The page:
September 18, 2006 In May of this year, Elma G. "Pem" Farnsworth passed away and we were staggered to think that someone who witnessed and played such a major role in one of the key inventions of the 20th century could have still been alive. Pem was the wife of television inventor Philo T. Farnsworth, one of the last “lone inventors” who worked it all out from scratch and his quest to finally transmit pictures through the air was reached for the first time on September 7, 1927. Now Farnsworth’s story is to be told in a new stage production "The Farnsworth Invention" written by well known writer Aaron Sorkin, the creator of the television series “West Wing” which won him an Emmy for outstanding writing in a drama series for his fast-paced and intricate dialog. Sorkin’s play “A Few Good Men” also became a major film. Originally written as a screenplay, and now rewritten as a play, "The Farnsworth Invention" will run from February 20 to March 25, 2007 at the La Jolla Playhouse Potiker Theatre in California. One of the backers of the production is none other than Steven Spielberg so don’t be surprised to see it as a feature film sooner or later.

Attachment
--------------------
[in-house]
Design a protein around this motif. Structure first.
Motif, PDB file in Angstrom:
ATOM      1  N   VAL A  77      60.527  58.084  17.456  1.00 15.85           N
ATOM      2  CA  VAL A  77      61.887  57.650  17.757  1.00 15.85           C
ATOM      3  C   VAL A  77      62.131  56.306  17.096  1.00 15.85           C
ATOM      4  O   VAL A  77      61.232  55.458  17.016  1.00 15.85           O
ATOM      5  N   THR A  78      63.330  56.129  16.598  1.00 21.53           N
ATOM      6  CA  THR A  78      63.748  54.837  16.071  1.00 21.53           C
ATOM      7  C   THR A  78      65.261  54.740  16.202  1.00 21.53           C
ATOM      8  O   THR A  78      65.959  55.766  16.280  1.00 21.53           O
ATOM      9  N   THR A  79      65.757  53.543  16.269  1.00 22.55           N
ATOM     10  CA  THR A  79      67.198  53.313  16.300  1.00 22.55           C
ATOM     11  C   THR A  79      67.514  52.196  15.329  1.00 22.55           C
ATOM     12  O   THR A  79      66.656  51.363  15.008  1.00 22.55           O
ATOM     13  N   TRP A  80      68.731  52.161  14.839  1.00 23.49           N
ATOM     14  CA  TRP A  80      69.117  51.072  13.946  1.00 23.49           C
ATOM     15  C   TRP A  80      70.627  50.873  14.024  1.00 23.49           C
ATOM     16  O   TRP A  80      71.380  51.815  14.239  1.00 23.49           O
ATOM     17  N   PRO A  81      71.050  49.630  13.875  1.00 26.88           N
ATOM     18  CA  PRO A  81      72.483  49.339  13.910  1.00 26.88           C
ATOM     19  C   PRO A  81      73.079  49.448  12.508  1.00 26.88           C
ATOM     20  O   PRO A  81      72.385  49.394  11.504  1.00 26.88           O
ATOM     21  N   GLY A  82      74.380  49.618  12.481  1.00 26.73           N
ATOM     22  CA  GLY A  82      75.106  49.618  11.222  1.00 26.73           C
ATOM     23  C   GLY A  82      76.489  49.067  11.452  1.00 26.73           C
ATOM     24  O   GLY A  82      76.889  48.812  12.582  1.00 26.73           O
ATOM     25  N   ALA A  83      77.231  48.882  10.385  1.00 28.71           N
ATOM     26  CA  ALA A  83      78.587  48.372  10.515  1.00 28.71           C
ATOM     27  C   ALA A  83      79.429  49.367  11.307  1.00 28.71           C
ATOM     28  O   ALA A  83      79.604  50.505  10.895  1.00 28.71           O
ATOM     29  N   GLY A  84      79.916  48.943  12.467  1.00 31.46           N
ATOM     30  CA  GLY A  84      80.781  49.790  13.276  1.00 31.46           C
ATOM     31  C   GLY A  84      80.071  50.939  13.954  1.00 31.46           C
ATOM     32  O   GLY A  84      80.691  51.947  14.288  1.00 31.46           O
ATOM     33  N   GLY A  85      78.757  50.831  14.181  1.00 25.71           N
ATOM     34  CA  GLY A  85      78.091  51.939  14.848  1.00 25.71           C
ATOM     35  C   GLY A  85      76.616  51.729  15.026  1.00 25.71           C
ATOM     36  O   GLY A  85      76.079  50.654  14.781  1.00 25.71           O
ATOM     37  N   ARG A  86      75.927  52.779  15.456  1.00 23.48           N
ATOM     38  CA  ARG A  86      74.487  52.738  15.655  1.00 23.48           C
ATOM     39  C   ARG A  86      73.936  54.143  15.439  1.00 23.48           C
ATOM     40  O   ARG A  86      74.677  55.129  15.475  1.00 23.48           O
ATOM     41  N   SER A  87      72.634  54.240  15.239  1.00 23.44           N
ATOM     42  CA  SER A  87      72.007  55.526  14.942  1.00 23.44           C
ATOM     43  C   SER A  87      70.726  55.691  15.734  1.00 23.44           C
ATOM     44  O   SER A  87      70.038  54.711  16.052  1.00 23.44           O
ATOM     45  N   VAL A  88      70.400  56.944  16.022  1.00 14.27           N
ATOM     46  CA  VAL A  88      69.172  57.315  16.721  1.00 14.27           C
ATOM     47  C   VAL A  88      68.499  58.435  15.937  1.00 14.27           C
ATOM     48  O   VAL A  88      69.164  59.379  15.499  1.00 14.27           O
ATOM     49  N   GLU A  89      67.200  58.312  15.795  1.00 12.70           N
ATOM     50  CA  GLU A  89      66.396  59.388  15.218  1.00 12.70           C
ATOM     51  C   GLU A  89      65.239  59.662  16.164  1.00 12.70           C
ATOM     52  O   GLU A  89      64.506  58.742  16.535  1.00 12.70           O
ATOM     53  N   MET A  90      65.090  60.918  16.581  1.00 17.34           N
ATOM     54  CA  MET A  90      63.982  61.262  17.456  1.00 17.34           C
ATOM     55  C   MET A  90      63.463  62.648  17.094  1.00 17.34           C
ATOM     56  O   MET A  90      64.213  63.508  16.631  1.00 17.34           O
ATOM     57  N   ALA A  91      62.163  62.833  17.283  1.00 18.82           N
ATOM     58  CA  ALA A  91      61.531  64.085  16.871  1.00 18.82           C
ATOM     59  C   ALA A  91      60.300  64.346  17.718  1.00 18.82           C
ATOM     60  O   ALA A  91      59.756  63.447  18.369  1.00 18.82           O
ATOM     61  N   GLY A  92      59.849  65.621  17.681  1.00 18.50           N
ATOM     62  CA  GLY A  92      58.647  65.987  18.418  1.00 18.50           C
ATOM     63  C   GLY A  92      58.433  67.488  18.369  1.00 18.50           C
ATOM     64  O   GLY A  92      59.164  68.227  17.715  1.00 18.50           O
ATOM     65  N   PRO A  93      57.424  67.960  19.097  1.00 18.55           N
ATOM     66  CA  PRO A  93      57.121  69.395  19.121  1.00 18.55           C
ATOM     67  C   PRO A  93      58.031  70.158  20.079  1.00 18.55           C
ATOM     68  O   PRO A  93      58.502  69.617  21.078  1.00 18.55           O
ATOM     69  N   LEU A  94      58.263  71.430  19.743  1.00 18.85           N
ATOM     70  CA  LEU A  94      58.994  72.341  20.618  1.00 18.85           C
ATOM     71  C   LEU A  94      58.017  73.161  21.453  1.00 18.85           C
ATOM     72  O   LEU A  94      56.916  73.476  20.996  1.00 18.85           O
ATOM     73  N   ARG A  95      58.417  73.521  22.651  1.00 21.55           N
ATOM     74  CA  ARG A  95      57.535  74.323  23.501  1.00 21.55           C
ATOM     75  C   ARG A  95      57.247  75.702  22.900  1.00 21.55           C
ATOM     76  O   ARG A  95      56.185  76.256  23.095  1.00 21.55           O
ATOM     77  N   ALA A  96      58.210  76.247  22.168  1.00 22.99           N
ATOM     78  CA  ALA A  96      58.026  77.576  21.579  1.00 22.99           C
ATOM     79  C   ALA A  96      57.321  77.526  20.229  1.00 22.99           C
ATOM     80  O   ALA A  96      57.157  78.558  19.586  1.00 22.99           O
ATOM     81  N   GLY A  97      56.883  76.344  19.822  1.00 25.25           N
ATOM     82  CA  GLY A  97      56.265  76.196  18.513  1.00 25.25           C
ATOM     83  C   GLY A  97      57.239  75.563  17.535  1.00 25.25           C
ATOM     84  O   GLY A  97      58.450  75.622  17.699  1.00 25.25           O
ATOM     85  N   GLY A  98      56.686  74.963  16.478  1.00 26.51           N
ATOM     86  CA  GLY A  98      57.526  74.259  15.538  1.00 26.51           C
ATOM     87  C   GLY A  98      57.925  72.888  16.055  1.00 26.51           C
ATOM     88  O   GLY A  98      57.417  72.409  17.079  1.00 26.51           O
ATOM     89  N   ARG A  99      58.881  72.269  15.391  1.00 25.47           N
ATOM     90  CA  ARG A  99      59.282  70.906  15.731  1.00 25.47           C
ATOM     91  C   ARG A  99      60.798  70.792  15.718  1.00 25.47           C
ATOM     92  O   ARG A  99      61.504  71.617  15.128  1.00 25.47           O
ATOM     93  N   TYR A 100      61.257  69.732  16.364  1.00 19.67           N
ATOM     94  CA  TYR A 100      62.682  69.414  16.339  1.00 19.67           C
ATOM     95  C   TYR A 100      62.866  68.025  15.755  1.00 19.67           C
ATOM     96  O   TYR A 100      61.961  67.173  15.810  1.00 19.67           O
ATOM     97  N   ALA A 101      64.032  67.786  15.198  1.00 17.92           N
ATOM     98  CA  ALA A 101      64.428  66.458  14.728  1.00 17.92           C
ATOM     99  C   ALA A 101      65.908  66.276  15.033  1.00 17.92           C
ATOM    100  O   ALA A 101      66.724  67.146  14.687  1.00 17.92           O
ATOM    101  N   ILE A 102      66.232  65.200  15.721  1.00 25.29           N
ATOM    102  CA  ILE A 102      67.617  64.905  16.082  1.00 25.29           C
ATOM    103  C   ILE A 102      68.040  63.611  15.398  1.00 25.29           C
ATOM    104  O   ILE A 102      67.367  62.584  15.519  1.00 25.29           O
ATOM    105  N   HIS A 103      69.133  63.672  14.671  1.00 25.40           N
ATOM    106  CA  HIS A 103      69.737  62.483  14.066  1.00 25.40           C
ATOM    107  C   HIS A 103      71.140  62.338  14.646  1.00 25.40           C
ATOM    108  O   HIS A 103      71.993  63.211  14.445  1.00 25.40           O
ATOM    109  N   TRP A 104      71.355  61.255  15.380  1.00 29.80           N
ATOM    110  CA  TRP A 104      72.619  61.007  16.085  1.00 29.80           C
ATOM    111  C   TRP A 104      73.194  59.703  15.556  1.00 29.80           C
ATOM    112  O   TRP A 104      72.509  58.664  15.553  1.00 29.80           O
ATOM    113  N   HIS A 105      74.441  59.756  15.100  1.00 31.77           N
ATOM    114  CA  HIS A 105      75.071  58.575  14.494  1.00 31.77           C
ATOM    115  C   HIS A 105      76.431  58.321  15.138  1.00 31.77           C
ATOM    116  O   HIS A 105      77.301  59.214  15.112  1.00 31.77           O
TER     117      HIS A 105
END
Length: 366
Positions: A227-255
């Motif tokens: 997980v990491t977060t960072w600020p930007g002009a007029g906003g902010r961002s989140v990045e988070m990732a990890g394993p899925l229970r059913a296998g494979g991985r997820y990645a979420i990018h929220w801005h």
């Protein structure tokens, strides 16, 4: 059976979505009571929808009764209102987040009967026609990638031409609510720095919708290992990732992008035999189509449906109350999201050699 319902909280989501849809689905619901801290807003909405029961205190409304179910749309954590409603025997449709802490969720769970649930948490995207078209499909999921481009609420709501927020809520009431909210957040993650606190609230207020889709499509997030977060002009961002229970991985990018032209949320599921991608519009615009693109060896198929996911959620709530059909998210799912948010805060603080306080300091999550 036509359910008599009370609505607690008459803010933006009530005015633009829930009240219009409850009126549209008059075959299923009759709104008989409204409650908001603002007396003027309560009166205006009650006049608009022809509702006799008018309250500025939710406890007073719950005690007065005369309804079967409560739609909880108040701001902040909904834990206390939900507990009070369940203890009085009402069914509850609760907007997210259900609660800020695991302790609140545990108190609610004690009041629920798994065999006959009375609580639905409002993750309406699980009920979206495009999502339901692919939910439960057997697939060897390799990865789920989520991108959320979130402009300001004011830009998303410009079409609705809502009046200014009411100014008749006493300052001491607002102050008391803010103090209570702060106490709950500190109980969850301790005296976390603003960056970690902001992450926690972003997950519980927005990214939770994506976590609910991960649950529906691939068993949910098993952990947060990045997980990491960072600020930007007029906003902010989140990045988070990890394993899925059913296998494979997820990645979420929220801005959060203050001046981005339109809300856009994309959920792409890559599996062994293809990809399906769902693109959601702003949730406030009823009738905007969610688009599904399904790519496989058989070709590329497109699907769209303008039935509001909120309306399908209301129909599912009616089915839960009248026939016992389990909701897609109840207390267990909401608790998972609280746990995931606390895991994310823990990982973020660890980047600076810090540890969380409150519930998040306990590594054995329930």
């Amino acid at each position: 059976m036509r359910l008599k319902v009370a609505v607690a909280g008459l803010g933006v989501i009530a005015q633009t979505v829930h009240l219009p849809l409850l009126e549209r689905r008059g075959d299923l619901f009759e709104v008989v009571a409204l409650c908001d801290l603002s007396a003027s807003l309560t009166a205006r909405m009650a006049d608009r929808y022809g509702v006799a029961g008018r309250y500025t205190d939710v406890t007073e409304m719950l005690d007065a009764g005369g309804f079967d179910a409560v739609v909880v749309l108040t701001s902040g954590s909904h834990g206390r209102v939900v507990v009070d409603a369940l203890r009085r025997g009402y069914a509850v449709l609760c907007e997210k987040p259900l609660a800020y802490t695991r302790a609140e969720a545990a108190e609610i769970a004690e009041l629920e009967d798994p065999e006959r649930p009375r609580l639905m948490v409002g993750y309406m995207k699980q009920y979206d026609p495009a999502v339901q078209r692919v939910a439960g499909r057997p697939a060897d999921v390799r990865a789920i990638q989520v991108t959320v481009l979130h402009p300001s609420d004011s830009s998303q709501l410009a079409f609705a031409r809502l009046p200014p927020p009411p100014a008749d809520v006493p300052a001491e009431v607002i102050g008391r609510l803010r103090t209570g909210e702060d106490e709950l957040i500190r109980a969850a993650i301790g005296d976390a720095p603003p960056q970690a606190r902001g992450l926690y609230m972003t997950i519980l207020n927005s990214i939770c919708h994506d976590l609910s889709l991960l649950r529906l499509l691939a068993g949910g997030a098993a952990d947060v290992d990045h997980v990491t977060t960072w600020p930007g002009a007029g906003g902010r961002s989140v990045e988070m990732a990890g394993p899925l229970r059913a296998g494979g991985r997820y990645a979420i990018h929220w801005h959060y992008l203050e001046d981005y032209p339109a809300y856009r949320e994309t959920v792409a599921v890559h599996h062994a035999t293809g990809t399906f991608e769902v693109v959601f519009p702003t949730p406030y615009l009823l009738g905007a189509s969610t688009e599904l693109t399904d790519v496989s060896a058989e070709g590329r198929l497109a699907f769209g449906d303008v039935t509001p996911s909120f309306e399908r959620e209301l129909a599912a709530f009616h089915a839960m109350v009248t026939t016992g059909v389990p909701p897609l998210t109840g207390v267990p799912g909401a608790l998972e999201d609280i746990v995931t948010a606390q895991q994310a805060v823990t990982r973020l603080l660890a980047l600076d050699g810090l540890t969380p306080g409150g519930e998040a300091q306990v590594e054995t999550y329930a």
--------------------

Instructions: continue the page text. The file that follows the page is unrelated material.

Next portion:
Pem’s book “Distant Vision: Romance and Discovery on the Invisible Frontier” (Pemberly-Kent Publishing) is now a collectable and copies can still be obtained from the official Farnsworth site.

Paul Schatzkin was the first Farnsworth biographer to isolate the Farnsworth -v- Sarnoff story in a series of articles that were published in 1977. The text was expanded into a book called "The Boy Who Invented Television" which is available at or via Amazon or any other book store.